In the 2000 film American Psycho, there is a scene in which Patrick Bateman, a wealthy Wall Street employee, condescends to a homeless person in an alley. “Do you have any idea what a fucking loser you are?” Bateman rhetorically asks the homeless person. He then kills the homeless person and a nearby dog in disgust.
While this scene reads as unthinkably cruel, its ideology is also woven into the very foundation of our country. In Bateman’s judgement of the homeless person as a “loser,” I hear the ideologies of individualism, capitalism, and materialism. I hear the notion of pulling oneself up “by one’s bootstraps;” this might be what Bateman perceives himself to have done, so why can’t the homeless person?
In truth, Bateman was handed his Wall Street job by high-powered connections after growing up in a wealthy family and attending a private college. And while this example may ring as extreme to most readers, its essence strikes a chord with the bare fact about us all: we do not gain our power, skill, or station through intrinsic effort. Suppose you claim your ability for hard work as one of your guarantors of material success. Well, who taught you how to work hard? Teachers? Parents? An after-school mentor? Even if you can find no one who taught you this skill, is it not a gift from God that you were born with it? Add to such a skill the relationships that have buoyed you to success, the environment that has fed you, the examples of people before you who had achieved what you sought to achieve. From these examples, did you not derive the courage to proceed?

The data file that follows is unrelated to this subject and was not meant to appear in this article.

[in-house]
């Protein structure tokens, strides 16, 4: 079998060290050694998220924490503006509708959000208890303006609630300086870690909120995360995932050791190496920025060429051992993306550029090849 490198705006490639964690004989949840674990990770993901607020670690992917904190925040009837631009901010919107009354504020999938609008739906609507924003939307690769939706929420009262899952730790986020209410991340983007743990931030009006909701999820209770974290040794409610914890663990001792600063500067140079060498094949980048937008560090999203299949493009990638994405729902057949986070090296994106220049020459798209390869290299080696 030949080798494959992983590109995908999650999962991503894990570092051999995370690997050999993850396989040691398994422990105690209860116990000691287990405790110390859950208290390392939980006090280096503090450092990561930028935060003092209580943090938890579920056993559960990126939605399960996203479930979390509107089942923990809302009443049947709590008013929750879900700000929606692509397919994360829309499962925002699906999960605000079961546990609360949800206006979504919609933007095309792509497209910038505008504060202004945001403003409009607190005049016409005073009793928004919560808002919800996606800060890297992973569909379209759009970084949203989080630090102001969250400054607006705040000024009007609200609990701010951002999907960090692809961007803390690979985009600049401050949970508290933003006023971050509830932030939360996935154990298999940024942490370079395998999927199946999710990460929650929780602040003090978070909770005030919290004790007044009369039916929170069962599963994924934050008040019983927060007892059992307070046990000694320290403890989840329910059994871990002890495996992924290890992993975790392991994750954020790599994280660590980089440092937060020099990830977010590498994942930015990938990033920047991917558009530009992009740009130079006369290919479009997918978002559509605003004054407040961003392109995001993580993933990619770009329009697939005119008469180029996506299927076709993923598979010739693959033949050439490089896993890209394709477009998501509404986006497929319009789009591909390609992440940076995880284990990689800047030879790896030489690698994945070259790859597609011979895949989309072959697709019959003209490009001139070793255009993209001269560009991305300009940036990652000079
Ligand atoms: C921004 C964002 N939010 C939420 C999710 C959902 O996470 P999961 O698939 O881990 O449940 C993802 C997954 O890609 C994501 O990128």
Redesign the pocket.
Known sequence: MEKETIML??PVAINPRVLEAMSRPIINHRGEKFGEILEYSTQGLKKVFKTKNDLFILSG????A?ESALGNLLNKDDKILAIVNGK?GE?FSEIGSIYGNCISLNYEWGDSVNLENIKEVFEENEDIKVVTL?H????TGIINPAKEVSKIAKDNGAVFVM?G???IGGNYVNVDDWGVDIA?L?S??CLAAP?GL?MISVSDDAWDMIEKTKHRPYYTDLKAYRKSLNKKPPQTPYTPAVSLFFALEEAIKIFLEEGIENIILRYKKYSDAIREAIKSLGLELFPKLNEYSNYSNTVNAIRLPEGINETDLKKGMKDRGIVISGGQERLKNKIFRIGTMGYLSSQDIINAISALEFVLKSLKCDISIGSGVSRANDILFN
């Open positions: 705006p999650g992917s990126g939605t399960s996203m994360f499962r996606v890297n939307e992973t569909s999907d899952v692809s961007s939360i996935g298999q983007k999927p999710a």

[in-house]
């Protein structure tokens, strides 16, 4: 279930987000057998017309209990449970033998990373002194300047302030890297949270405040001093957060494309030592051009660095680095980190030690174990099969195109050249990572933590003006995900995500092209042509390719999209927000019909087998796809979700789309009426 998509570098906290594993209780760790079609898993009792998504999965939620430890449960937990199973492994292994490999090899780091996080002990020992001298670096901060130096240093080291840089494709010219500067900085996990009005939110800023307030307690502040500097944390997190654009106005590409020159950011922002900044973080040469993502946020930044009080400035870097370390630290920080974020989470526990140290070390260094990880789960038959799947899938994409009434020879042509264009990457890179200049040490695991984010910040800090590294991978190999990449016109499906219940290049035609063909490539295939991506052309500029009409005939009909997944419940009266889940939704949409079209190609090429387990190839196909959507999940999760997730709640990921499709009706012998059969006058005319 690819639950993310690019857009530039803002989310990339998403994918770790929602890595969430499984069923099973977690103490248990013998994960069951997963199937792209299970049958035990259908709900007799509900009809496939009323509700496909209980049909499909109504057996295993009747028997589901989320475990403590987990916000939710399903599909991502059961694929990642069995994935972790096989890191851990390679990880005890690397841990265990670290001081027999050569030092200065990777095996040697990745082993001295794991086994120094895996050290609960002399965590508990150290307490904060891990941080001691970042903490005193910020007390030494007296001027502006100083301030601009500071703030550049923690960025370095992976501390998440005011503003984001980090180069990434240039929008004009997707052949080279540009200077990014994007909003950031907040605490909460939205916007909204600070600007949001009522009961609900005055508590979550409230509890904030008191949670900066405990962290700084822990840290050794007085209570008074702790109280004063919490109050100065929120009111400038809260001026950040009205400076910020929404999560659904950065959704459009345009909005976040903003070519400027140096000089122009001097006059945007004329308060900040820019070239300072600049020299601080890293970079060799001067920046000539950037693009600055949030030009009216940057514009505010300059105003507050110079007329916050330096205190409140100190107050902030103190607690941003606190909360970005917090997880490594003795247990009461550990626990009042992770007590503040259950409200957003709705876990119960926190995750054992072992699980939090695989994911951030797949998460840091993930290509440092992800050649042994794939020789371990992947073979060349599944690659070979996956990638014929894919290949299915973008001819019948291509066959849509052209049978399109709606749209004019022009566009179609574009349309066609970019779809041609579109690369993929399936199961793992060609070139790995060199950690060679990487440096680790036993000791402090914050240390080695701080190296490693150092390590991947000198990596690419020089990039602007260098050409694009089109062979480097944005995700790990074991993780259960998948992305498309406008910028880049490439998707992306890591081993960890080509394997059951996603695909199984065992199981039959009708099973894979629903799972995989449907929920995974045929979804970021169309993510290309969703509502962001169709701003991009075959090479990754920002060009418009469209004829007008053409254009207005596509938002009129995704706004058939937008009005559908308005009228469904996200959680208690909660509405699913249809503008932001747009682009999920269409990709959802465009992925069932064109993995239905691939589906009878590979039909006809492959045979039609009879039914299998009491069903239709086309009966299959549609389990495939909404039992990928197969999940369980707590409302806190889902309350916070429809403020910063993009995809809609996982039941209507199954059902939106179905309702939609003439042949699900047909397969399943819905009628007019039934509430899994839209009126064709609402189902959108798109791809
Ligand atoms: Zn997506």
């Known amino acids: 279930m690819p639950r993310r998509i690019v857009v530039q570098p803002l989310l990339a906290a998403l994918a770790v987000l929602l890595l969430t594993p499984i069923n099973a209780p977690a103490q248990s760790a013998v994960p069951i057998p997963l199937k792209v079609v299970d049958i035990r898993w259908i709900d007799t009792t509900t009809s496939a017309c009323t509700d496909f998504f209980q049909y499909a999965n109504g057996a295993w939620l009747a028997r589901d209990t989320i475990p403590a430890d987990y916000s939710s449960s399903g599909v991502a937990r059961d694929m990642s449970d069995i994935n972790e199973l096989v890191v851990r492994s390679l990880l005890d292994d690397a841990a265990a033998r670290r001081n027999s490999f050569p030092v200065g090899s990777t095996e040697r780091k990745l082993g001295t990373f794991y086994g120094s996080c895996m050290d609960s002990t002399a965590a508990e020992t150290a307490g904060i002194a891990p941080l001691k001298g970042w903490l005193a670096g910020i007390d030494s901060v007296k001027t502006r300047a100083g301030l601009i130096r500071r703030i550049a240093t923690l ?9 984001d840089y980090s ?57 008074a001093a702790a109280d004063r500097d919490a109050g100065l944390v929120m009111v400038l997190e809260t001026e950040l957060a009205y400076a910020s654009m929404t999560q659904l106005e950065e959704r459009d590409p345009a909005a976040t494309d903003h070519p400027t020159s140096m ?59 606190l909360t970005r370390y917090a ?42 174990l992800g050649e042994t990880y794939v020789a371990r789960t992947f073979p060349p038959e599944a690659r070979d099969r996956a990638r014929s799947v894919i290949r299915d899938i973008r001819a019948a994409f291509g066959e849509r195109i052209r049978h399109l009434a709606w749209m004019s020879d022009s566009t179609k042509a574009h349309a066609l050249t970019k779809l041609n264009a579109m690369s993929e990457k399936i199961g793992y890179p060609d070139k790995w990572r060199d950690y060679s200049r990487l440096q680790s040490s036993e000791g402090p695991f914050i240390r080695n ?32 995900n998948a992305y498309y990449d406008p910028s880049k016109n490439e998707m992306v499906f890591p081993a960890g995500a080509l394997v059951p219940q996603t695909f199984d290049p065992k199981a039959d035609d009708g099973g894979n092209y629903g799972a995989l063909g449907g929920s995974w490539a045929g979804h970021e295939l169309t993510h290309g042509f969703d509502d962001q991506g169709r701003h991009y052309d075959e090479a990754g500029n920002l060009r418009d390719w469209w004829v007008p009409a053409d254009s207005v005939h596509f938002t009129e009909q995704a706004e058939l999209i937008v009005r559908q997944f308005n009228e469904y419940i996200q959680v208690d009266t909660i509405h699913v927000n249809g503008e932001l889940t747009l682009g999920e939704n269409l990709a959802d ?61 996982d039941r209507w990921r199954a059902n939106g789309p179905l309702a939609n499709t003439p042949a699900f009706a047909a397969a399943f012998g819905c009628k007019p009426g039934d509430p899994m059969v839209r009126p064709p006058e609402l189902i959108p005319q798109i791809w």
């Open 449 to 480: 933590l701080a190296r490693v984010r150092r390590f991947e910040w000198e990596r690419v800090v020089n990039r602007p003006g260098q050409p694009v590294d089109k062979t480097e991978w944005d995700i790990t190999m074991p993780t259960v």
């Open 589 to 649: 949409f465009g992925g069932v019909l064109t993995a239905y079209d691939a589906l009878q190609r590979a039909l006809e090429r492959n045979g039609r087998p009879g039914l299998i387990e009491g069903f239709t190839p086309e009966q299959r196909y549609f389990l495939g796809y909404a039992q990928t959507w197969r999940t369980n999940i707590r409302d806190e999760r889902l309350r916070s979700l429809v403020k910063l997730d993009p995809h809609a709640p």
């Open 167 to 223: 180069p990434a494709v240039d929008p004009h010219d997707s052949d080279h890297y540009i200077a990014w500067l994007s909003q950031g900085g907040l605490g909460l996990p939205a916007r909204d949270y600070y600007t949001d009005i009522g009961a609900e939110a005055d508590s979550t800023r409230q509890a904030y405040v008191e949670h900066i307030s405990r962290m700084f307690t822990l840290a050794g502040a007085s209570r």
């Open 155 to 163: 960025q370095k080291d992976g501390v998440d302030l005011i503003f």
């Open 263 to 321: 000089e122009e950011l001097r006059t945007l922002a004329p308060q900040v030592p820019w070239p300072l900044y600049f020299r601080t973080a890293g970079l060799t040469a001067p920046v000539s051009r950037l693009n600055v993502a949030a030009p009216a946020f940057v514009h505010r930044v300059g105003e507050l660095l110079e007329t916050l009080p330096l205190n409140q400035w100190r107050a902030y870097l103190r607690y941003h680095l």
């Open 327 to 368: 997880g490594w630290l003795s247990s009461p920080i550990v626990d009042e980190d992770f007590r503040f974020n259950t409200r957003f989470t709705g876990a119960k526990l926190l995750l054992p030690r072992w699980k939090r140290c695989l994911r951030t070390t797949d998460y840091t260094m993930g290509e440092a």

Broadly speaking, Bateman’s hatred of the homeless person is symptomatic of our culture’s hatred for the feminine, which I’m using here as a symbol for interdependence, for nurturing, for quietude, for the sacred. To the degree Bateman hates the homeless person, it is because he cannot recognize the ways in which he, himself, is as dependent as that person: Bateman has inherited wealth, connection, and skills that have given him his remunerative job and all its associated power. Nothing is born from the void.
And so to the degree that we deny these fundamental realities of the self, we will hate and project onto those who are most in need. Through this dynamic, we will fail to be the very kind of person that would make us happy: a giver, one who helps rather than hurts. In false relationship with our very self, we will fail to know ourselves and will drift through our lives as ghosts, chasing immaterial idols. Power? Security? Status? Money? What more do you need to feel like you?
In the homeless person, I see and have always seen myself. I am no better, no different. He is my brother, my kin. And so the suffering of the other is the suffering of my own self.